Interested in reading the great classics but don’t want to take the time to download two dozen Dickens books, or seek out individual volumes of Sherlock Holmes stories? Do you want to read Andrew Lang’s popular Fairy Books as they first appeared with complete illustrations? Do you want to learn more about the great artists or poets, but don’t know where to start? Delphi Classics is for you!

This store is known for their lavishly illustrated complete works collections (complete works of Dickens, complete works of Austen, and so on) but lately has branched out into two new series: Masters of Art and Masters of Poetry, which, as their titles imply, present the complete works of artists and poets. These books are very well-done, withDelphi Classics D.H. Lawrence numerous illustrations, biographical information and other goodies it would take a long time to track down on your own. They’re also updated frequently—with corrections as well, with new works, as they become available.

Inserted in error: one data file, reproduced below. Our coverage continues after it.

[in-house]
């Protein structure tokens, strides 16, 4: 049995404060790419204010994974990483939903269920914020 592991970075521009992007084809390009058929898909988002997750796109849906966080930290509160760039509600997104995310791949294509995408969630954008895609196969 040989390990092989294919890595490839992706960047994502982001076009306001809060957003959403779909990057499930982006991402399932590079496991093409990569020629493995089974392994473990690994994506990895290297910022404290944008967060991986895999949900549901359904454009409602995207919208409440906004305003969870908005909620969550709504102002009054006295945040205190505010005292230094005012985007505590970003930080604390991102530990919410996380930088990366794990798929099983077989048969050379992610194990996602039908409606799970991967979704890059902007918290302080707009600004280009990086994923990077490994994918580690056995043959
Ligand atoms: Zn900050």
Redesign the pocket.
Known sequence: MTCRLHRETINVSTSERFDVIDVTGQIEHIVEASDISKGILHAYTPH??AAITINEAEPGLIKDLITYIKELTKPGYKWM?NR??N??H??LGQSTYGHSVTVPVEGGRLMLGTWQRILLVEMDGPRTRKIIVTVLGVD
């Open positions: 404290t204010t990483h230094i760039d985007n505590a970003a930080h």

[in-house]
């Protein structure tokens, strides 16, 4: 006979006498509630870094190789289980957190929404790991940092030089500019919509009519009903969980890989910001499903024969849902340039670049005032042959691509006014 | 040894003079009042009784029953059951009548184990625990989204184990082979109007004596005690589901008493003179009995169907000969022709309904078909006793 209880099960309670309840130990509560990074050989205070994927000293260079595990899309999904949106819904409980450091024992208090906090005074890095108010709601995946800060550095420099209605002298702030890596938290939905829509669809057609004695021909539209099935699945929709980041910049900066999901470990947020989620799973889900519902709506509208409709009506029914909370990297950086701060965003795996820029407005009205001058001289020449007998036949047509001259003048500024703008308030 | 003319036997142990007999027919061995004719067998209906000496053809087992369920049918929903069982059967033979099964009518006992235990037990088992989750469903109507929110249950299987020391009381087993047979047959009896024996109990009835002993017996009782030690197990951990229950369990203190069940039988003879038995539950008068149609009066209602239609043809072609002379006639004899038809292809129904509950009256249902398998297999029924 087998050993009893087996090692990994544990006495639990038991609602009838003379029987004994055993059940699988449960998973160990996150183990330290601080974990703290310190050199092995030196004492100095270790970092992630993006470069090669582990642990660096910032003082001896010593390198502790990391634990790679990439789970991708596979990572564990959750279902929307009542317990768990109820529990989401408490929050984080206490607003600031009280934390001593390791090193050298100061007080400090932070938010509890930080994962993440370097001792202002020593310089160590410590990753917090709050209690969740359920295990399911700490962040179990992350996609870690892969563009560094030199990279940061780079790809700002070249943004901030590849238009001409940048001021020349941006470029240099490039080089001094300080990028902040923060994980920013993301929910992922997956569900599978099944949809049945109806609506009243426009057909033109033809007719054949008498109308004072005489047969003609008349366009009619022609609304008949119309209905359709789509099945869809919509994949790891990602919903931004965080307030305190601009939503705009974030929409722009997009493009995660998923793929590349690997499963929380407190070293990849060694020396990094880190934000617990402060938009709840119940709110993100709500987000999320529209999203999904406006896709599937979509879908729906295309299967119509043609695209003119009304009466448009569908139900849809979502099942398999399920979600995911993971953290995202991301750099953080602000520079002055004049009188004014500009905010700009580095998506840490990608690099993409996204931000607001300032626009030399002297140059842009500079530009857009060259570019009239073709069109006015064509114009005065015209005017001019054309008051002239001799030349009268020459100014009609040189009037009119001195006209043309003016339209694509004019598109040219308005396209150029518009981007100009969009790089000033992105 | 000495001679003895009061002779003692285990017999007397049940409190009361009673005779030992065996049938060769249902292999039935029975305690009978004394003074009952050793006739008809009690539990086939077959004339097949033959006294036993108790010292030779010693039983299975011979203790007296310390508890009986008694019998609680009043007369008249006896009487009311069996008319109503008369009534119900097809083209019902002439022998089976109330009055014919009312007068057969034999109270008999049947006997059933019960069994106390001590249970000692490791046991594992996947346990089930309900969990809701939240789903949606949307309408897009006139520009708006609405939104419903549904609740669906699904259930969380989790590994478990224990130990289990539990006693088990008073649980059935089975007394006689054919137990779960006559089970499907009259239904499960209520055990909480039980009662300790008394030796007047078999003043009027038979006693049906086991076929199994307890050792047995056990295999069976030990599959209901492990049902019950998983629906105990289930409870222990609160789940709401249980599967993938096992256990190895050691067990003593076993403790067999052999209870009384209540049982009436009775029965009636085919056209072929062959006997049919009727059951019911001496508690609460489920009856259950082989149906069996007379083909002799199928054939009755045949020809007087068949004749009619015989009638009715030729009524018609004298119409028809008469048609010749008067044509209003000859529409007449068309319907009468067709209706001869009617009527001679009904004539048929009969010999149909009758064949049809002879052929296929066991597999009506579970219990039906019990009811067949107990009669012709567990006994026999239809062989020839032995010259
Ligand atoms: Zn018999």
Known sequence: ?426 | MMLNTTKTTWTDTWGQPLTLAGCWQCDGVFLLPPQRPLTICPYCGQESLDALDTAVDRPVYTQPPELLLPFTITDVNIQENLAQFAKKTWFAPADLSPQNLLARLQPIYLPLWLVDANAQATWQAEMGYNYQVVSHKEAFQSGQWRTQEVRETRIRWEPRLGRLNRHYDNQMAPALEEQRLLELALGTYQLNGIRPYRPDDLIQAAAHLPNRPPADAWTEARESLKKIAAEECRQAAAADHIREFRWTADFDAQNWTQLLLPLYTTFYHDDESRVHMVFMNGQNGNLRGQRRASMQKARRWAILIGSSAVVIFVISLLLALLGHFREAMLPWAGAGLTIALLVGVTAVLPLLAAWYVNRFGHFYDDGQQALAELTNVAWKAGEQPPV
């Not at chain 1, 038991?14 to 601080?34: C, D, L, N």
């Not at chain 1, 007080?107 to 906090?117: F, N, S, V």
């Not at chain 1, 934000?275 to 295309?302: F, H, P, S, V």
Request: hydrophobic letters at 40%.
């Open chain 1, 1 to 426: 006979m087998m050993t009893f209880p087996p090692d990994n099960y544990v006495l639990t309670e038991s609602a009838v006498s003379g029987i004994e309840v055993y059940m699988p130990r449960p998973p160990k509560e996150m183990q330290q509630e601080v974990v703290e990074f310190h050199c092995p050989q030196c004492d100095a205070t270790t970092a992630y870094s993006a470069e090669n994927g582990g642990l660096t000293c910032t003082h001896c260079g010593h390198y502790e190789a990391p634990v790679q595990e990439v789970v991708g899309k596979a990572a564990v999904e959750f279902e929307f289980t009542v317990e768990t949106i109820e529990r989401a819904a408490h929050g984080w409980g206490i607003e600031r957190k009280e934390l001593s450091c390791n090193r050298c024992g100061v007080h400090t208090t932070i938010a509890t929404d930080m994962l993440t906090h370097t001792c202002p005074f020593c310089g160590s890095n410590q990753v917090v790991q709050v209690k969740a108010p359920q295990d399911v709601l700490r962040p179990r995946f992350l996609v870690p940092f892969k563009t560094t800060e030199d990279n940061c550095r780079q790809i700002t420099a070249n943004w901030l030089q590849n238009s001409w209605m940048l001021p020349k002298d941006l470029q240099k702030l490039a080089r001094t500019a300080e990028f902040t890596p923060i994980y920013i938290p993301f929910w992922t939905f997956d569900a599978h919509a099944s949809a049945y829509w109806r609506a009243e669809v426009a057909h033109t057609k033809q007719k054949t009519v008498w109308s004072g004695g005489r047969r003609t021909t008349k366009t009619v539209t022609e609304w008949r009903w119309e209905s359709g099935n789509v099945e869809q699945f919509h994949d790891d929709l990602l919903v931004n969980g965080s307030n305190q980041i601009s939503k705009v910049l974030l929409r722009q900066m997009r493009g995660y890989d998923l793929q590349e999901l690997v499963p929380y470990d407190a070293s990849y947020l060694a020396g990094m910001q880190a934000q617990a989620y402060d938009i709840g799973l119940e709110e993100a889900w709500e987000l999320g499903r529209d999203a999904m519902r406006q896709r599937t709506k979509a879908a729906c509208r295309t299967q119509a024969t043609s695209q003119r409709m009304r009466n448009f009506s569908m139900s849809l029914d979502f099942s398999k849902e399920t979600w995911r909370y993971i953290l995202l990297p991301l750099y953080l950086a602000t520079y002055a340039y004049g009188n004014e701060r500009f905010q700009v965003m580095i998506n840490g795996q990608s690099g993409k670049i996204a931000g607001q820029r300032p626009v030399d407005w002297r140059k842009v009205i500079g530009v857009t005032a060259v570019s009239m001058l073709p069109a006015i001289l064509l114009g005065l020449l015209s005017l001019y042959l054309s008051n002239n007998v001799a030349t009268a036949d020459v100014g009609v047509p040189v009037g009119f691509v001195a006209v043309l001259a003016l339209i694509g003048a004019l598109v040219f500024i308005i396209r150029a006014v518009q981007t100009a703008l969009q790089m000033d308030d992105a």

If you buy from Delphi’s website as opposed to the Amazon store, you can download the free updates at any time from your account. Two drawbacks:

a. Some of the files are very large, which may slow down a less robust reader.

b. Also, you have to pay separately for the .mobi and .epub versions. I tried converting a mobi version using Calibre and after 30 minutes of trying, Calibre crashed. I don’t relish paying again for an epub if I move to a Kobo Reader down the road, and I think Delphi Classics should amalgamate their editions and let their customers download a purchased title in whatever format they choose.

My five favorites: